01. Heidts Pro-G front suspension is based on the company’s award-winning geometry with a front crossmember to accommodate the newest high-performance Ford engines, including the Coyote. The IFS includes heavy-duty tubular upper and lower control arms, fully adjustable coilover shocks, tight ratio power rack-and-pinion, and massive six-piston Wilwood disc brakes.
02. Recognizing the limitations of a straight axle, their technical design team went to work in applying Heidts award-winning 9-inch Ford based fully independent IRS rear suspension technology to the rear framerails in the Shelby. In our opinion, Carroll would have installed this on all his production cars if it had been available in 1967. (In fact, Carroll did just that in 1965 using prototype parts that never made it to production. See the story we did on that car in the June 2015 issue www.mustang-360.com/features/1511-tested-factory-designed-independent-rear-suspension-for-early-mustangs). Note the inboard-mounted disc brakes, which make pad changes a little more difficult, but greatly reduces unsprung weight for better handling.
03. This was the 1967 G.T. 350 clone Heidts owner Wallace Leyshon bought for the project. Yes, we said “clone,” so anybody worrying that they cut up a real Shelby can just settle down.
04. To do the work, Heidts enlisted Blackdog Speed Shop. Blackdog was responsible for complete engine and transmission install, including complete custom exhaust, fuel system cooling, engine transmission master cylinder, and all lines and hoses, as well as interfacing the wiring, and setting parameters of the ECU. “We cannot thank them enough for going above and beyond ensuring ultimate performance,” Leyshon says.
05. The Heidts Pro-G front suspension parts laid out prior to installation.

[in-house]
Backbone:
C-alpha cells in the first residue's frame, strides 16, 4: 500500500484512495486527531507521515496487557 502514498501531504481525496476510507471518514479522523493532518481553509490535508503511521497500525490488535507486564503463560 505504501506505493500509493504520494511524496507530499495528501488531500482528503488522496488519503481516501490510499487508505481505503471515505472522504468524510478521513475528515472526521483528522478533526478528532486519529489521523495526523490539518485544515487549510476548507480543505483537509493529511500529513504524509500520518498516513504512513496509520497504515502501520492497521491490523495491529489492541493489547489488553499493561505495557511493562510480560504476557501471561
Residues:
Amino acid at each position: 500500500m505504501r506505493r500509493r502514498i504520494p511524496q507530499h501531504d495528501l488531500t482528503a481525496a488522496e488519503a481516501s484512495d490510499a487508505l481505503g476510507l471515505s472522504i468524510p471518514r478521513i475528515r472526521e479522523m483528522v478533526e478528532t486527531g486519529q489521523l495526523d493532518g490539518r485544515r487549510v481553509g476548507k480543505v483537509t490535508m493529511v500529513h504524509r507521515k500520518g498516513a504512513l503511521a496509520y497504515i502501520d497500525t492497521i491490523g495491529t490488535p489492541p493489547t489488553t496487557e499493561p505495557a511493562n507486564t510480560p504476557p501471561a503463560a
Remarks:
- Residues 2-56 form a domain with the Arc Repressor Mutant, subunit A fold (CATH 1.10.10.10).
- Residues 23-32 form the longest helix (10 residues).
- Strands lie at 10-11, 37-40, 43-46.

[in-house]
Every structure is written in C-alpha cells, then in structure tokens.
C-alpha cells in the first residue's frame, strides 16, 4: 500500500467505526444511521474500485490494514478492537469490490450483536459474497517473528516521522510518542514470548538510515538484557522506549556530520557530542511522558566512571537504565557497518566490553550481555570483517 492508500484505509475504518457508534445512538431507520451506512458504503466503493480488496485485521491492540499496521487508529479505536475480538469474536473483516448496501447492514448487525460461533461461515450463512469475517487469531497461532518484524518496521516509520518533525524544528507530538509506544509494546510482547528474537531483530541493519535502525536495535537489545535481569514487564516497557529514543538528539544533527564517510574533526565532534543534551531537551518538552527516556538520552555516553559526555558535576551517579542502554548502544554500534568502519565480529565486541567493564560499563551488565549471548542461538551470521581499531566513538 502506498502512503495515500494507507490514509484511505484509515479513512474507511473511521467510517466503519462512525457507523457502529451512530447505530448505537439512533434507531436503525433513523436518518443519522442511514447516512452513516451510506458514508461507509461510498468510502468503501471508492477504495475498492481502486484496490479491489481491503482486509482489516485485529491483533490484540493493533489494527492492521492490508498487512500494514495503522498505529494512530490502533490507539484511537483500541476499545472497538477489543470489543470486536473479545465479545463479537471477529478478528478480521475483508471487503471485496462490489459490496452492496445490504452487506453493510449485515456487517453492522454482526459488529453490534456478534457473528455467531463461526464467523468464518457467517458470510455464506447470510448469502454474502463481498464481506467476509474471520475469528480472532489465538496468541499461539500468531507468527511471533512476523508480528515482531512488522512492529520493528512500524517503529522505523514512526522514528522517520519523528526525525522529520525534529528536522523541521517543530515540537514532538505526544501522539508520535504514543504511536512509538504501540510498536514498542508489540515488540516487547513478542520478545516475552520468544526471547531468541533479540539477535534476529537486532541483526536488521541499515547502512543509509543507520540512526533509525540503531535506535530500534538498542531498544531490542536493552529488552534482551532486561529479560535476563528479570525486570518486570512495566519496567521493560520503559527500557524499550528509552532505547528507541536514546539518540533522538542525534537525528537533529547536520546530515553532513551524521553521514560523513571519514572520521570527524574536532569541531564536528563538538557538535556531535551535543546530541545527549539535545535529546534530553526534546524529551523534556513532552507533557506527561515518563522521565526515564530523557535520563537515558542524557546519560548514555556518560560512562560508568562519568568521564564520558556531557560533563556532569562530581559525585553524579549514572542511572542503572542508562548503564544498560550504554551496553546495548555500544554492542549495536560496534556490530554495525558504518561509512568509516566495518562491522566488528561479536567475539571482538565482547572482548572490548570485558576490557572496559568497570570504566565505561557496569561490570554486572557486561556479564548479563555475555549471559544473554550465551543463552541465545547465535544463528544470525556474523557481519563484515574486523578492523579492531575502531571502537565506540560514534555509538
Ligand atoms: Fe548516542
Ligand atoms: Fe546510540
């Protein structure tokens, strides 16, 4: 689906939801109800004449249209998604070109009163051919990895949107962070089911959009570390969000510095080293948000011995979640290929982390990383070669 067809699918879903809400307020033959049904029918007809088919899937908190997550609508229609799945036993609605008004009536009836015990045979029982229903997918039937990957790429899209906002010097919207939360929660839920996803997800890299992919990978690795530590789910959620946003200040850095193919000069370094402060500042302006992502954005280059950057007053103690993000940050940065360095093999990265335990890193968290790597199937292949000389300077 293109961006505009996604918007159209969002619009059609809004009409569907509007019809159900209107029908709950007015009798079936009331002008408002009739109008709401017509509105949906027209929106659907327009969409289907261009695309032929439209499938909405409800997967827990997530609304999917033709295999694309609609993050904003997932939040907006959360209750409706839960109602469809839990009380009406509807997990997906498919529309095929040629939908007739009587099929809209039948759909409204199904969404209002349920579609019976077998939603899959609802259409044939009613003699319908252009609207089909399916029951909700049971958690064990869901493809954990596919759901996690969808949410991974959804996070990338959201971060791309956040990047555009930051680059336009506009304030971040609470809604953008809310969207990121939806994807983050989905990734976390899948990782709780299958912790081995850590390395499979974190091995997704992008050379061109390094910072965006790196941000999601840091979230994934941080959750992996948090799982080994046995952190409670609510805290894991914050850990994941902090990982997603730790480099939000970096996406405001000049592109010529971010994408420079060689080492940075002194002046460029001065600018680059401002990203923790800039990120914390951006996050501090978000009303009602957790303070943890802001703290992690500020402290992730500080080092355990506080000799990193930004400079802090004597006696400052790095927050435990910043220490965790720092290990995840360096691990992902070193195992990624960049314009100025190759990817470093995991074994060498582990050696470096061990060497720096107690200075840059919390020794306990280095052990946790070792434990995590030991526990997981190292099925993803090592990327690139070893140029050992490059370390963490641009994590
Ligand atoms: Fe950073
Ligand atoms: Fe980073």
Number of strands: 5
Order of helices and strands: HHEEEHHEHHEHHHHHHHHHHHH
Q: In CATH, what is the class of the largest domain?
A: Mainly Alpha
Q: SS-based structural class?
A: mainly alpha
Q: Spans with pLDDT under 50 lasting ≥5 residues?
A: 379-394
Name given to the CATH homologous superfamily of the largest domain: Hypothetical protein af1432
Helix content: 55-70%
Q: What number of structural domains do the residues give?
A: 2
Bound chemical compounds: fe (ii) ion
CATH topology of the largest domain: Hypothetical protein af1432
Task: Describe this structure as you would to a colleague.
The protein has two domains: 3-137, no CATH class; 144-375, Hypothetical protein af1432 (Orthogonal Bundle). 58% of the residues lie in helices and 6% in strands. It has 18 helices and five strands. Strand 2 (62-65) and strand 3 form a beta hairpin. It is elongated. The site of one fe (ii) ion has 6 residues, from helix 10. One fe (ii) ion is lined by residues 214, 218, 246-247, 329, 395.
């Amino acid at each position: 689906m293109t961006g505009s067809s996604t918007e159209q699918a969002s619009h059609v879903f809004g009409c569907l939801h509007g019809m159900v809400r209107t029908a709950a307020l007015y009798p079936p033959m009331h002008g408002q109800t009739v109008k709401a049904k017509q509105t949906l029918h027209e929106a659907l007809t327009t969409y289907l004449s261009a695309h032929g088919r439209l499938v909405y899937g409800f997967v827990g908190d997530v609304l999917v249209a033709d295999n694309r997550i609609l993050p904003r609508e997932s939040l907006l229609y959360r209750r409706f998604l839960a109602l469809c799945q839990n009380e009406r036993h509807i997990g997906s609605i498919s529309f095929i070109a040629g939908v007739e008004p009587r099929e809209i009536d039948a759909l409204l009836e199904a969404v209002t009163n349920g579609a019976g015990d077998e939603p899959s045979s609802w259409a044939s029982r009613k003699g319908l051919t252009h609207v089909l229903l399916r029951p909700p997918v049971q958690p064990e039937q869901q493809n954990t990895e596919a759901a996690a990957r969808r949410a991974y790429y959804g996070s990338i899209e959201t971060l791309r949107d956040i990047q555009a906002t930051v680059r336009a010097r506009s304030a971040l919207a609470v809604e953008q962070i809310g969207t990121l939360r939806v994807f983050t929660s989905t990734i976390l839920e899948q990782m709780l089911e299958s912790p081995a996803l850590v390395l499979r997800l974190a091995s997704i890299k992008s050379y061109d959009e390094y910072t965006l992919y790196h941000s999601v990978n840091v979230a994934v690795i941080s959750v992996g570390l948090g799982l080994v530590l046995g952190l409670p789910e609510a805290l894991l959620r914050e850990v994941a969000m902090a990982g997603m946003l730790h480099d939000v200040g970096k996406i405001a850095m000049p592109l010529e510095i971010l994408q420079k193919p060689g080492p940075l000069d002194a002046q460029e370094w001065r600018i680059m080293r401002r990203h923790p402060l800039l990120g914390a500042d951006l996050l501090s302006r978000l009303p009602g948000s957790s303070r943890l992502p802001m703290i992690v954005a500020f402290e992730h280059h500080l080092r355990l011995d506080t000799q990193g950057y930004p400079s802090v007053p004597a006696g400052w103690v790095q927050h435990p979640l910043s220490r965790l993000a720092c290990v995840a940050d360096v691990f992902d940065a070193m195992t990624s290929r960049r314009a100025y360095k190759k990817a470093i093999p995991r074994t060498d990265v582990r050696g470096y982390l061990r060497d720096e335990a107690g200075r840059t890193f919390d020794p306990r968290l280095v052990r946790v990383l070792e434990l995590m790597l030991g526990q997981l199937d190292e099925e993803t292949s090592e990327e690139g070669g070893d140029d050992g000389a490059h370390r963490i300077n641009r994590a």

06. This is the amount of prep work required prior to installing the Heidts kit. You have to remove everything from the engine compartment, including the crossmember and shock towers.
07. Heidts uses this beefy crossmember and shock tower saddles in place of the factory one. The suspension parts all bolt to it, hence the elimination of the shock towers.
08. This is the crossmember fully welded in place and painted. Note the Lizard Skin, which is an undercoat ceramic insulation and sound-control formula by Mascort Corporation of Houston, Texas. “We used a blue tint to match the body, so it provided sound control and thermal protection, as well as meeting aesthetics,” Leyshon says.
09. Here’s the car immediately prior to engine installation.
10. Blackdog installed the 5.0L Coyote crate engine from Ford Performance. Eliminating the shock towers is the only way this wide powerplant will fit in an early Mustang.
11. This bottom shot shows the oil pan and accessories clearance.
12. The transmission is a Tremec T-56 six-speed with a Quartermaster driveshaft (not yet installed) provided by Bruce Couture of Modern Driveline. “Bruce supplied the trans and everything from the flywheel to the input shaft,” Leyshon says. “He possesses a wealth of knowledge and his help with the driveline was invaluable.”
13. Blackdog Speed Shop also bent these pretty stainless fuel lines and all the brake lines on the car.
14. When Leyshon bought the car, it had these generic subframe connectors. This is during initial installation of the Heidts. As you can see, the entire rear suspension must be removed. And it makes life easier during the installation if you remove the gas tank, temporarily, too. Now would also be a good time to clean, paint, and undercoat the backside of the car.
15. These Heidts subframe connectors also serve as a front mount for the suspension strut rods.
16. Here’s a close-up of the front strut rod mount for the IRS.
17. This is the passenger-side frame saddles, top crossmember, and IRS bare center section mounted during mockup. The center section (differential, ring-and-pinion, axles, and such) comes disassembled and must be put together by the end user.
18. The axle hubs are connected to the lower control arms to prepare for installation into the center section. The center section has been assembled with caliper brackets and axle stubs installed.
19. The upper control arms are installed
20. With coilover shocks installed, it’s getting close to the end.
21. Here’s the IRS configuration with the half-shafts and CV joints fully installed.
22. Here, the completed Heidts IRS is installed and ready for action. Now, it will be removed for underside detailing on the entire car.